Among the exotic materials collected by the Hopewell and used by their artisans to craft ornaments of iconic beauty none are more exotic than the chunks of iron, alloyed with nickel, that originated ultimately in outer space.

I describe the use of meteoritic iron by the Hopewell, as well as the ancient Egyptians, in my June column in the Columbus Dispatch.

Artifacts made from meteoritic iron have been found at most of the major Hopewell mounds, including Ater Mound, Harness Mound, the Hopewell Mound Group, Mound City Group, Seip-Pricer Mound, Seip-Conjoined Mound, Fort Ancient, and the Turner Earthworks.

The artifacts made from meteoritic iron include ornamental or ceremonial objects such as copper earspools plated with meteoritic iron, earspools made entirely from meteoritic iron, cylindrical beads, buttons made from various materials covered with meteoritic iron sheeting, boat-shaped hollow objects, cones, slate cones plated with meteoritic iron sheeting, panpipes, headplates, and even a human ulna, or lower arm bone, decorated with meteroritic iron foil.

In addition, Hopewell artisans used the iron to craft a number of apparently utilitarian objects, including adzes, axes, awls, celts, chisels, and drills. Since these were made from such an extraordinary raw material, however, it’s not likely that they served entirely as ordinary tools. They may have been symbols of social status or possibly religious icons.

The late Olaf Prufer speculated that the Hopewell might have realized that meteorites had fallen from the sky. We may never be able to know for sure what the Hopewell knew about these iron nuggets, but it’s certainly possible.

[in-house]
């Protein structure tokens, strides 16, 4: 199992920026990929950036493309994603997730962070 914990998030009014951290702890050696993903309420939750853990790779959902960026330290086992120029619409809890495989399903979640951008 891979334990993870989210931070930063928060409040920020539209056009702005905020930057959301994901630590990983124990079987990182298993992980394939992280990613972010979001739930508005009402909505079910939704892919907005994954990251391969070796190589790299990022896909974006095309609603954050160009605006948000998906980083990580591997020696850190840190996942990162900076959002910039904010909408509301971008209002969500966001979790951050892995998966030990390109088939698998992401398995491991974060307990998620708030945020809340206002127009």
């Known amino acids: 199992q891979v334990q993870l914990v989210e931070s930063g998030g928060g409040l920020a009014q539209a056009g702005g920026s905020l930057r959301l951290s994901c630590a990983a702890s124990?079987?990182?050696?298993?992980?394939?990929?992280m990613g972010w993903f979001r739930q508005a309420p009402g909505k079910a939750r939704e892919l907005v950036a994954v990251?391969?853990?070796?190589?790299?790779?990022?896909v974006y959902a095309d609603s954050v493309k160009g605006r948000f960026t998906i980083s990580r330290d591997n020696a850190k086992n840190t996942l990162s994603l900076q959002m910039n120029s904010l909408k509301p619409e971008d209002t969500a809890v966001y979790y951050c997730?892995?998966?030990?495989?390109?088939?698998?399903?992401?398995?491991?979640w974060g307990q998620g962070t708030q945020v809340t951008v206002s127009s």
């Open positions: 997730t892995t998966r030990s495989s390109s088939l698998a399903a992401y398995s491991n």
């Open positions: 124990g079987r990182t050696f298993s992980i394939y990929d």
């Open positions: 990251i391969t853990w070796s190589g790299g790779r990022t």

Prufer quotes W. J. Hoffman’s 19th century report of a Menominee myth about meteorites, which makes it clear that some American Indians knew where meteorites came from: “When a star falls from the sky, it leaves a fiery trail; it does not die, but its shade [spirit] goes to the place where it dropped to shine again. The Indians sometimes find the small stars in the prairie where they have fallen.”

Chemical studies have shown that at least some of the Hopewell meteoritic iron is from Brenham, Kansas. As I point out in my Dispatch column, there may have been no humans in North America 20,000 years ago when this meteorite left its fiery trail across the sky. But, as Prufer observed, some Hopewellians may have observed the fall of other meteorites, “in which case they may have had some knowledge of the nature of meteoric iron and how to recognize it.”

The Hopewell had a fascination with unusual raw materials, which they made extraordinary efforts to acquire. If they understood that meteoritic iron came from the sky, artifacts made from it must have been among their most sacred regalia. Prufer points out, however, that the use and treatment of meteoritic iron was “in no way different from that of other metals.” So there’s no good evidence to suggest that the Hopewell knew just how special that iron really was.

For further reading about the Hopewell use of meteroritic iron check out the following papers:

Carr, Christopher and Derek W. G. Sears
1985 Toward an analysis of the exchange of meteoritic iron in the Middle Woodland. Southeastern Archaeology 4(2):79-92.

Prufer, Olaf H.
1961 Prehistoric Hopewell meteorite collecting: context and implicationsOhio Journal of Science 61:341-352.

1962 Prehistoric Hopewell meteorite collecting: further evidenceOhio Journal of Science 62:314-316.

Wasson, J. T. and S. P. Sedwick
1969 Possible sources of meteoritic material from Hopewell Indian burial mounds. Nature 222:22-24.

Posted June 30, 2013
Topics: Archaeology
Tagged with:

Subscribe to Our Blogs